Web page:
Perfect harmony: 802.11a takes Europe
Yes, you can use 802.11a here
Despite the power of the US regulator, the FCC, to shape wireless networking standards, there is in fact no worldwide source of rules for the use of radio technology.
This means that any European looking at a new wireless technology arriving from the US, faces up to several years of uncertainty. The technology works fine, and we see it demonstrated. But will we be legal if we use it here?
Will we infringe reserved bands of spectrum? Or will be break rules about broadcast power that differ from country to country?
The 802.11a fast wireless LAN standard has been subject to a lot of this kind of rumour. The standard already faced a hurdle to overcome - the fact that it was pipped to the market by 802.11g, a fast wireless LAN standard on the more familiar 2.4GHz band, as opposed to 802.11a's 5GHz.
Users in Europe have suffered fear that, in using 802.11a, they might infringe some arcane spectrum regulation. That fear has been irrelevant over the last couple of years, during whith time hardly anyone has used 802.11a, but now there are signs that the 5GHz WLAN spec may be rising. Vendors defend the standard, analysts see sales increase, and users speak about improved performance.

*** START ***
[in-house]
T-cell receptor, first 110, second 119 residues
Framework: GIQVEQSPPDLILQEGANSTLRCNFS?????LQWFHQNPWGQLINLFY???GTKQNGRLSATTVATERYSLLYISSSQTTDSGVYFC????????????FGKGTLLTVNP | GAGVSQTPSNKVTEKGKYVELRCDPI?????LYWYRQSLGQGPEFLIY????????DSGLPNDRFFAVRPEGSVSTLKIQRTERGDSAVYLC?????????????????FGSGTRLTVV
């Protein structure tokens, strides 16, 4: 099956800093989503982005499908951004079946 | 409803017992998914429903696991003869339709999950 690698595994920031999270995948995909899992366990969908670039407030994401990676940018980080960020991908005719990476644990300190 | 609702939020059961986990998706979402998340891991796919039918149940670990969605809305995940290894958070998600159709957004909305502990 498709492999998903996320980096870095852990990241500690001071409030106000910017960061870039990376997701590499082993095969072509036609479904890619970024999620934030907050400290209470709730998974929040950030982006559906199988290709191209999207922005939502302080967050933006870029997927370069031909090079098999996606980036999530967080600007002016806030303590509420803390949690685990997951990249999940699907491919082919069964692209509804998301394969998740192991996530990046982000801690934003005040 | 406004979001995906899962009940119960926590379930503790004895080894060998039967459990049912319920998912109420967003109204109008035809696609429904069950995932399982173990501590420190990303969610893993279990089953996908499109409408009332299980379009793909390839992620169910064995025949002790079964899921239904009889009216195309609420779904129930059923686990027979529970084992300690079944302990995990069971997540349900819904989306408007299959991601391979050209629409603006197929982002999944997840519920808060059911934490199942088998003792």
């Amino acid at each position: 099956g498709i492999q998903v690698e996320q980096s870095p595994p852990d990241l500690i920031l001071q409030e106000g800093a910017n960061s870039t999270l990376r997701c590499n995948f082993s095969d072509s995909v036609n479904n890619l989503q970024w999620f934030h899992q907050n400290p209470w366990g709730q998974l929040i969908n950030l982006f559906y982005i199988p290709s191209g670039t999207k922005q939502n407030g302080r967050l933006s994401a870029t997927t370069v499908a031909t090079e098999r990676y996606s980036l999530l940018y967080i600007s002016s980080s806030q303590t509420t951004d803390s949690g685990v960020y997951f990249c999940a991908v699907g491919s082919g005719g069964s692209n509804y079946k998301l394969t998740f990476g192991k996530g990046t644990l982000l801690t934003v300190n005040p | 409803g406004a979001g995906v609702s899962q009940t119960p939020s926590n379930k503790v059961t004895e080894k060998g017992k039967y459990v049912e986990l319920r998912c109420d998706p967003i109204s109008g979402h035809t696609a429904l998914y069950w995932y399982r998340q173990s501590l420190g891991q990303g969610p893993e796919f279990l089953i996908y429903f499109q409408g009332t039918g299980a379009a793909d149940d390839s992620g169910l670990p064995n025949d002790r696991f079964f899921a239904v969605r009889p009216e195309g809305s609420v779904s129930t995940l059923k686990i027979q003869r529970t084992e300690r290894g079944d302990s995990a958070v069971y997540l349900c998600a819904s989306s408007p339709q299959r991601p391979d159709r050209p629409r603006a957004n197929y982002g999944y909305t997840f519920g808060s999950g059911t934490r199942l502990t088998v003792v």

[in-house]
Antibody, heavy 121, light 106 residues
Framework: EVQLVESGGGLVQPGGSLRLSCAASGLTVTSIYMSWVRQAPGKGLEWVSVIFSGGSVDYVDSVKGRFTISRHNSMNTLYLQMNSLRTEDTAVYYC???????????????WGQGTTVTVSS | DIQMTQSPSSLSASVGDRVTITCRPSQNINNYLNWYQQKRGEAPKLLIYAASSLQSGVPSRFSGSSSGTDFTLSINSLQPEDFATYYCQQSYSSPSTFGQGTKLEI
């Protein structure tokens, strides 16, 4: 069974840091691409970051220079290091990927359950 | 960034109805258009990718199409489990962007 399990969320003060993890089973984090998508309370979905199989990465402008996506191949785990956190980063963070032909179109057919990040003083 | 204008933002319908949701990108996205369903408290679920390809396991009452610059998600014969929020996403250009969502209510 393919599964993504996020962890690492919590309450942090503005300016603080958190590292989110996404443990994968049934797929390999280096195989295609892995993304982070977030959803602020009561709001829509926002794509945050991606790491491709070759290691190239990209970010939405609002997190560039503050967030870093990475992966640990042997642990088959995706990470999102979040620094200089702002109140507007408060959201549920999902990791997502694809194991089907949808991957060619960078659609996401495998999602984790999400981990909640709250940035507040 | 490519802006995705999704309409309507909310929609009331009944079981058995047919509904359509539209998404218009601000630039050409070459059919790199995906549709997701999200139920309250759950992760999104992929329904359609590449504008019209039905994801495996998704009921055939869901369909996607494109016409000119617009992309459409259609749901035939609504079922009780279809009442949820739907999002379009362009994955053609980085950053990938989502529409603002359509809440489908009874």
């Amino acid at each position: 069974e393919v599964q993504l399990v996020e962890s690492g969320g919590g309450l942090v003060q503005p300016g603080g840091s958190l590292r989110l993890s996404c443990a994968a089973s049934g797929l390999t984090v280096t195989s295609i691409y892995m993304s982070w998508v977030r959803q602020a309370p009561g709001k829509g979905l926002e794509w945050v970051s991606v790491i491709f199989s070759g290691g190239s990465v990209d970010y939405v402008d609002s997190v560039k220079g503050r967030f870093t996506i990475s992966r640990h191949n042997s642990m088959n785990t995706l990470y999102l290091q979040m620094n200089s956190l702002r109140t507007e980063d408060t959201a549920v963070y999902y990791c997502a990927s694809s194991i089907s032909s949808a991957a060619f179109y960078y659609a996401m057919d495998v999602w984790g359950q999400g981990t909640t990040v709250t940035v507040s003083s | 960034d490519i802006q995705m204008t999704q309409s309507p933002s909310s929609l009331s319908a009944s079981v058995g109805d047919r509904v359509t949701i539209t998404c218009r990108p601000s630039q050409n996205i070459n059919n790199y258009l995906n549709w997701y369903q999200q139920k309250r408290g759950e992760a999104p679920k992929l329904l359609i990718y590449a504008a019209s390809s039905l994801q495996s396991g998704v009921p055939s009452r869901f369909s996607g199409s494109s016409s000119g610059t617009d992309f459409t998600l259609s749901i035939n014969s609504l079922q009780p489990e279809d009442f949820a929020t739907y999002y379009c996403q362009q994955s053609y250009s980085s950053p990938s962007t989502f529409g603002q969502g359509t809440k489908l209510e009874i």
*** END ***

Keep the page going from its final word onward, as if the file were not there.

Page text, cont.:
Europeans thinking about 802.11a might still be worried that the standard is not legal here. But they need not fear. In February last year, the UK regulator Ofcom, approved 802.11a.
To be pedantic, Europeans are supposed to use a harmonised version of 802.11a, which has been referred to as 802.11h. Anyone selling 802.11a kit in EMEA must adhere to 802.11h, whihc includes two features from the defunct European wireless LAN standard, HIPERLAN.
These features are:
- Transmit Power Control, which adjusts the power depending on the position of the client, in order to minimise interference with other networks
- Dynamic Frequency Selection which shuts down the AP if it detects a radar signal.
Most vendors' .11a kit can pass .11h certification by demonstrating that transmit power can be controlled manually.
For more detail, read the white paper from Trapeze.